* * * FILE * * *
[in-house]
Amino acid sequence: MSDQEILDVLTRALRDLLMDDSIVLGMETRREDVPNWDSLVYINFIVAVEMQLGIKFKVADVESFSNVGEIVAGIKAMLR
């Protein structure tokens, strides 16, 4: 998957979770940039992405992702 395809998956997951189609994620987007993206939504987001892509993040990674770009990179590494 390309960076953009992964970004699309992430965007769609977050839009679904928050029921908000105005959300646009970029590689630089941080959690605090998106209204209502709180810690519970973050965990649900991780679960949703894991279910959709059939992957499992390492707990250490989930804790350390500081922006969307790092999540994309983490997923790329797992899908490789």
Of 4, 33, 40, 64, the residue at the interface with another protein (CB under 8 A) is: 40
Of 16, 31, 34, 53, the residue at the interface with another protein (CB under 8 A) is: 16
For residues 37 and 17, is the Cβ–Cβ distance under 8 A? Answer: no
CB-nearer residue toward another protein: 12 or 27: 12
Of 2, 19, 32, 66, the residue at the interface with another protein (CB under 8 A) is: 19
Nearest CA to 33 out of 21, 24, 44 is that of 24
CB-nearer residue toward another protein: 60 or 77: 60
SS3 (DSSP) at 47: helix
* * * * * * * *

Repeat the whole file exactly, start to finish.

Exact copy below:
[in-house]
Amino acid sequence: MSDQEILDVLTRALRDLLMDDSIVLGMETRREDVPNWDSLVYINFIVAVEMQLGIKFKVADVESFSNVGEIVAGIKAMLR
């Protein structure tokens, strides 16, 4: 998957979770940039992405992702 395809998956997951189609994620987007993206939504987001892509993040990674770009990179590494 390309960076953009992964970004699309992430965007769609977050839009679904928050029921908000105005959300646009970029590689630089941080959690605090998106209204209502709180810690519970973050965990649900991780679960949703894991279910959709059939992957499992390492707990250490989930804790350390500081922006969307790092999540994309983490997923790329797992899908490789």
Of 4, 33, 40, 64, the residue at the interface with another protein (CB under 8 A) is: 40
Of 16, 31, 34, 53, the residue at the interface with another protein (CB under 8 A) is: 16
For residues 37 and 17, is the Cβ–Cβ distance under 8 A? Answer: no
CB-nearer residue toward another protein: 12 or 27: 12
Of 2, 19, 32, 66, the residue at the interface with another protein (CB under 8 A) is: 19
Nearest CA to 33 out of 21, 24, 44 is that of 24
CB-nearer residue toward another protein: 60 or 77: 60
SS3 (DSSP) at 47: helix